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              #7
              The one I have that was particular meaning for me is Leonard Bernstein. After seeing him conduct his Candide at the Barbican in December 1989, I was informed by a flyer inside the programme he was going to be signing at Tower Records on Piccadilly Circus the next day, so I threw a sickie at work and travelled down by train again. Got my copy of West Side Story and a couple of Mahler symphonies signed. Ten months later he was dead.
              Sometimes the lights all shining on me, other times I can barely see.
              Lately it occurs to me what a long strange trip it’s been.

              Comment


                #8
                I will preface this by saying that as a collector I did treasure particular signed items but now that I've lost the bulk of my collected things in a housefire, well, it hurts but at the same time it's kind of hard to define the joy of collecting for its' own sake when it can be so easily lost. I look at other people's collections now and think - take care!

                (I'm just relating this for context, not sympathy. But empathy is appreciated, certainly.)

                I can appreciate signed items from both a personal and historical context - something rare, something treasured, something with a personal dimension. But I've never been one to desire multiple signed items, really, although I did have a few. Even though henceforth I will likely have none (other than those items which were not lost), I can still understand why people desire them. There's a particular tangibility to a signature, it invites speculation and feels like a brush with the ineffable.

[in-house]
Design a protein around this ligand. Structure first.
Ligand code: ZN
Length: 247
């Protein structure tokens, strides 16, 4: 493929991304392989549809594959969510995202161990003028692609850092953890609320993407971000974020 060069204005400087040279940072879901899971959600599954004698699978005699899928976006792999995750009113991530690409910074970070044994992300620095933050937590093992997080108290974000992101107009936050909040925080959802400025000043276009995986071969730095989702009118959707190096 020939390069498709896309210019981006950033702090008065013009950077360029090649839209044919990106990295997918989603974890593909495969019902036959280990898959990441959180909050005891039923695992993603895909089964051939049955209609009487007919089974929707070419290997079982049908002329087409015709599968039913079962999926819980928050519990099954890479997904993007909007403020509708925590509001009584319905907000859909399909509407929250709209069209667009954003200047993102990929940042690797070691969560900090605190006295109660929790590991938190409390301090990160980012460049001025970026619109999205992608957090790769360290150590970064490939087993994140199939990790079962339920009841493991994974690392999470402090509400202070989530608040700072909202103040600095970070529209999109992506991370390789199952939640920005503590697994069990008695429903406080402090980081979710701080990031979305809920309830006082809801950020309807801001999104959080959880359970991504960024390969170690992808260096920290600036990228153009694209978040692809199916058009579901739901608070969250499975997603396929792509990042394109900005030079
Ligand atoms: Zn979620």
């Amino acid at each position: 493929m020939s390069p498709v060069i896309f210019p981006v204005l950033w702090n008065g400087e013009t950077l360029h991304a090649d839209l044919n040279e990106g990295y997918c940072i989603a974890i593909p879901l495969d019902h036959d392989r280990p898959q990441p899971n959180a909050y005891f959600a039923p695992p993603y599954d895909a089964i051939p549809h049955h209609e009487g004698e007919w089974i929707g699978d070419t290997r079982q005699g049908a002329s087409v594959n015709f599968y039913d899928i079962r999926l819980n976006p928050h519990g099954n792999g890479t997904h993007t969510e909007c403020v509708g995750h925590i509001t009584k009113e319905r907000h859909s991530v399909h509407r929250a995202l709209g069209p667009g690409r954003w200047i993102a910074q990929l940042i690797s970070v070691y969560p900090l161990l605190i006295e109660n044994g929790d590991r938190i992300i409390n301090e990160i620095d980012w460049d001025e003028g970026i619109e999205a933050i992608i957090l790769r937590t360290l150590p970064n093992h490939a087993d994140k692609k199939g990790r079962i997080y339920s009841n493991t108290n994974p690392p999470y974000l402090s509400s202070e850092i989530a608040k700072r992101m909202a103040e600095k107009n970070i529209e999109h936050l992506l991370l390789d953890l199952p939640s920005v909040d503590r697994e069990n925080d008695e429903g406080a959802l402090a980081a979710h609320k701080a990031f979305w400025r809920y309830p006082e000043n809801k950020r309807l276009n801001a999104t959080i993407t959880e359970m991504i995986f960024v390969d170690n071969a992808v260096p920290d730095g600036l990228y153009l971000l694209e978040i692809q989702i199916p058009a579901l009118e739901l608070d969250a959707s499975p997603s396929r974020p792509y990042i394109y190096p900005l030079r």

Rabin-esque
                my labor of love (and obsessive research)
                rabinesque.blogspot.com

                Comment


                  #9
                  Originally posted by Ash Armstrong View Post
                  When did autographed items, memorabilia, record covers, books become a thing? Why are they valued? What is their intrinsic value, if any? What do they signify, if anything? Why is the collecting of a signature of someone you might admire for their creative endeavour, or their achievements, regarded as something to be pursued and valued? I ask as someone who has done this, and I'm taking steps back from it and pondering….
                  When? In history, autograph referred to a manuscript in the author’s handwriting. As for what we call autographs, the clearest write up I found in a 10 minute DuckDuckGo search is